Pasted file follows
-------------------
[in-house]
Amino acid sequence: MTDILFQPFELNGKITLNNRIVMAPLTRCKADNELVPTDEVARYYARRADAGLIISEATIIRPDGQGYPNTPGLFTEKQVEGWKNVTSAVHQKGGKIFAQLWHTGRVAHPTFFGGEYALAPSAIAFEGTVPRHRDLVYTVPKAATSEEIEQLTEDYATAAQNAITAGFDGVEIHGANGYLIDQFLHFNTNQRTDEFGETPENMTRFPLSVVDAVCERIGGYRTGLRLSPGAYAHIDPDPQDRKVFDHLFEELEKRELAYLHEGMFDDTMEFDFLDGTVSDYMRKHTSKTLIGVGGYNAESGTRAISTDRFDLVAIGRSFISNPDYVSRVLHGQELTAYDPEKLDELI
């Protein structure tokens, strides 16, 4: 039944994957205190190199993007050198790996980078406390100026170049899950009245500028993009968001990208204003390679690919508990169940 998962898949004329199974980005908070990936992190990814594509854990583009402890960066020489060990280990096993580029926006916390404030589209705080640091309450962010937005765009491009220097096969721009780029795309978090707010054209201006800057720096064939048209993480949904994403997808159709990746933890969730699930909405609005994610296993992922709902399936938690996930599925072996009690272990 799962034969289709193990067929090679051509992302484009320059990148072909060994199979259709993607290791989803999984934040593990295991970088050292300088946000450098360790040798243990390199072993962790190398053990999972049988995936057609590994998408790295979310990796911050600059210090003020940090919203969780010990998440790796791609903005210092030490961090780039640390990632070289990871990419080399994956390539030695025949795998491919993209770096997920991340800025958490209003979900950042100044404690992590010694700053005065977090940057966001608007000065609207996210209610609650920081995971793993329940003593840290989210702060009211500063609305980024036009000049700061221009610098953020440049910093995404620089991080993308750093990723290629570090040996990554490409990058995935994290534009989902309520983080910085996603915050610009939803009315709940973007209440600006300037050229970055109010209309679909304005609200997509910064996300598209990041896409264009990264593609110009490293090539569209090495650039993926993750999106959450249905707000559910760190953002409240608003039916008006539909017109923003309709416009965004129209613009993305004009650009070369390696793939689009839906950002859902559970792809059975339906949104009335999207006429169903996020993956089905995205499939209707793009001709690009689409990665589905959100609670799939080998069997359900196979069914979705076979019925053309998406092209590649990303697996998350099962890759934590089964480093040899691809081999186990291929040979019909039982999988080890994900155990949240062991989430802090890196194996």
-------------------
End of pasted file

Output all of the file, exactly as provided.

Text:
[in-house]
Amino acid sequence: MTDILFQPFELNGKITLNNRIVMAPLTRCKADNELVPTDEVARYYARRADAGLIISEATIIRPDGQGYPNTPGLFTEKQVEGWKNVTSAVHQKGGKIFAQLWHTGRVAHPTFFGGEYALAPSAIAFEGTVPRHRDLVYTVPKAATSEEIEQLTEDYATAAQNAITAGFDGVEIHGANGYLIDQFLHFNTNQRTDEFGETPENMTRFPLSVVDAVCERIGGYRTGLRLSPGAYAHIDPDPQDRKVFDHLFEELEKRELAYLHEGMFDDTMEFDFLDGTVSDYMRKHTSKTLIGVGGYNAESGTRAISTDRFDLVAIGRSFISNPDYVSRVLHGQELTAYDPEKLDELI
């Protein structure tokens, strides 16, 4: 039944994957205190190199993007050198790996980078406390100026170049899950009245500028993009968001990208204003390679690919508990169940 998962898949004329199974980005908070990936992190990814594509854990583009402890960066020489060990280990096993580029926006916390404030589209705080640091309450962010937005765009491009220097096969721009780029795309978090707010054209201006800057720096064939048209993480949904994403997808159709990746933890969730699930909405609005994610296993992922709902399936938690996930599925072996009690272990 799962034969289709193990067929090679051509992302484009320059990148072909060994199979259709993607290791989803999984934040593990295991970088050292300088946000450098360790040798243990390199072993962790190398053990999972049988995936057609590994998408790295979310990796911050600059210090003020940090919203969780010990998440790796791609903005210092030490961090780039640390990632070289990871990419080399994956390539030695025949795998491919993209770096997920991340800025958490209003979900950042100044404690992590010694700053005065977090940057966001608007000065609207996210209610609650920081995971793993329940003593840290989210702060009211500063609305980024036009000049700061221009610098953020440049910093995404620089991080993308750093990723290629570090040996990554490409990058995935994290534009989902309520983080910085996603915050610009939803009315709940973007209440600006300037050229970055109010209309679909304005609200997509910064996300598209990041896409264009990264593609110009490293090539569209090495650039993926993750999106959450249905707000559910760190953002409240608003039916008006539909017109923003309709416009965004129209613009993305004009650009070369390696793939689009839906950002859902559970792809059975339906949104009335999207006429169903996020993956089905995205499939209707793009001709690009689409990665589905959100609670799939080998069997359900196979069914979705076979019925053309998406092209590649990303697996998350099962890759934590089964480093040899691809081999186990291929040979019909039982999988080890994900155990949240062991989430802090890196194996």